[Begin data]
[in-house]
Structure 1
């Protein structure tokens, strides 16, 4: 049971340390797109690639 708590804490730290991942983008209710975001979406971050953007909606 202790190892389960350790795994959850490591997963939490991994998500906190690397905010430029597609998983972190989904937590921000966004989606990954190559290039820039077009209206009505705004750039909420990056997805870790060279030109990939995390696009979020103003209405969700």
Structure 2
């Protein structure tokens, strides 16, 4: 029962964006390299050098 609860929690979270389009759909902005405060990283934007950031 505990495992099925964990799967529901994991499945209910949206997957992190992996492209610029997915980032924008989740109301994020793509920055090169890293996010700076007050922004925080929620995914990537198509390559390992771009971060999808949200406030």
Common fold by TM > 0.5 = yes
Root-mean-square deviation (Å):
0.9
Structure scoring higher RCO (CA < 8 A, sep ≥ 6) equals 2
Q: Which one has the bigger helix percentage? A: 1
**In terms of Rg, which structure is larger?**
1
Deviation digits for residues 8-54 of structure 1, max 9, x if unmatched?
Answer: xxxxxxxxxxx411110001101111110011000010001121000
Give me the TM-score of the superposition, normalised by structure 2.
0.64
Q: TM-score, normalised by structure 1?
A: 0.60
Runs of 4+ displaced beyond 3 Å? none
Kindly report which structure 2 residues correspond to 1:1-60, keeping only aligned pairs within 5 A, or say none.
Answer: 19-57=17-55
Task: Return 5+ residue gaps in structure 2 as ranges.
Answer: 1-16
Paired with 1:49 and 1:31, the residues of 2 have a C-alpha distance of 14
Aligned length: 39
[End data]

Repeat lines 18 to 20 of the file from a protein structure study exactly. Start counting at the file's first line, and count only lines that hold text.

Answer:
A: 0.60
Runs of 4+ displaced beyond 3 Å? none
Kindly report which structure 2 residues correspond to 1:1-60, keeping only aligned pairs within 5 A, or say none.